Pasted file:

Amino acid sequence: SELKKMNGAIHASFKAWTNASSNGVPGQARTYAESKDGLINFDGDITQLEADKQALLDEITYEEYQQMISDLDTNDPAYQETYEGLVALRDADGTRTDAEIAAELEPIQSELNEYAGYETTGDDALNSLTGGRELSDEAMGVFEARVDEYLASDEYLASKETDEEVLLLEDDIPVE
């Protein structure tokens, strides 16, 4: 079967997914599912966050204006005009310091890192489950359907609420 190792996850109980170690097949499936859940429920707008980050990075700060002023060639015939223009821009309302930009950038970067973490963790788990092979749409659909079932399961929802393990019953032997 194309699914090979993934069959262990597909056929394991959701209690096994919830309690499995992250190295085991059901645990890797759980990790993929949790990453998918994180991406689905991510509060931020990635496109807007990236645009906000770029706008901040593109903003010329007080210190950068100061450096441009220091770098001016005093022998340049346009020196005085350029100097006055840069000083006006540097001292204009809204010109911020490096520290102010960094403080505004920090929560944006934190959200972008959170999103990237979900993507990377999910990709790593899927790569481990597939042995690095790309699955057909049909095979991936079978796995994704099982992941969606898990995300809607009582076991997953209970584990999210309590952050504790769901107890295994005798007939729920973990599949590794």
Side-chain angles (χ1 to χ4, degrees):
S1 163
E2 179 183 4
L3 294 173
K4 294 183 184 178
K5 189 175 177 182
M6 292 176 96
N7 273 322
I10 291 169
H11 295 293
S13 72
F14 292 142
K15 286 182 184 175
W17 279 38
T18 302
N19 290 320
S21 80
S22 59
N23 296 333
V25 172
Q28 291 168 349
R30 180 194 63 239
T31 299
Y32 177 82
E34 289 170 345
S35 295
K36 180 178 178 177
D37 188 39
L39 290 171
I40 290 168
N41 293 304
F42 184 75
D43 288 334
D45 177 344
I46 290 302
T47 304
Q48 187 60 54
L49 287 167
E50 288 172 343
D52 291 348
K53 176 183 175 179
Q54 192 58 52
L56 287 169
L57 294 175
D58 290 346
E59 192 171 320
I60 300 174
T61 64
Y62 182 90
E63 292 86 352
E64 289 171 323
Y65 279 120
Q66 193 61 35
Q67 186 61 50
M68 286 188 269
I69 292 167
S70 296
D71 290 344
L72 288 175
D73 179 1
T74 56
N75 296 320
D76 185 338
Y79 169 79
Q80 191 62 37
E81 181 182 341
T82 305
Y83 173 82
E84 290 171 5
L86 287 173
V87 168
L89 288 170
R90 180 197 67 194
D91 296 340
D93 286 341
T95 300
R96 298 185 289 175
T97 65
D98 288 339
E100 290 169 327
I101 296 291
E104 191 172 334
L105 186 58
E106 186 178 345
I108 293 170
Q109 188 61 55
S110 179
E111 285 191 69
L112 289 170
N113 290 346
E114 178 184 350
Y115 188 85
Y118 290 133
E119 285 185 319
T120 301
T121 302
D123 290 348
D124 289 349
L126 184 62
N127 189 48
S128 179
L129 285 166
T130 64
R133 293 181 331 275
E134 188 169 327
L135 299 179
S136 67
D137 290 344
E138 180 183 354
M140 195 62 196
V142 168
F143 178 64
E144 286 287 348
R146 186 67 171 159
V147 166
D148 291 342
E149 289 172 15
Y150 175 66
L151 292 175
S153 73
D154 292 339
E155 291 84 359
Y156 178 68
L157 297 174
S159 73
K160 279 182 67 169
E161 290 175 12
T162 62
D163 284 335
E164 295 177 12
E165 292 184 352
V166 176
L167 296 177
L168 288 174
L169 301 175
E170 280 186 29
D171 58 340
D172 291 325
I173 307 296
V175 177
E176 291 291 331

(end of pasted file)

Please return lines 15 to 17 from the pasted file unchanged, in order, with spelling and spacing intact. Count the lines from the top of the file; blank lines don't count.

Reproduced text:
K15 286 182 184 175
W17 279 38
T18 302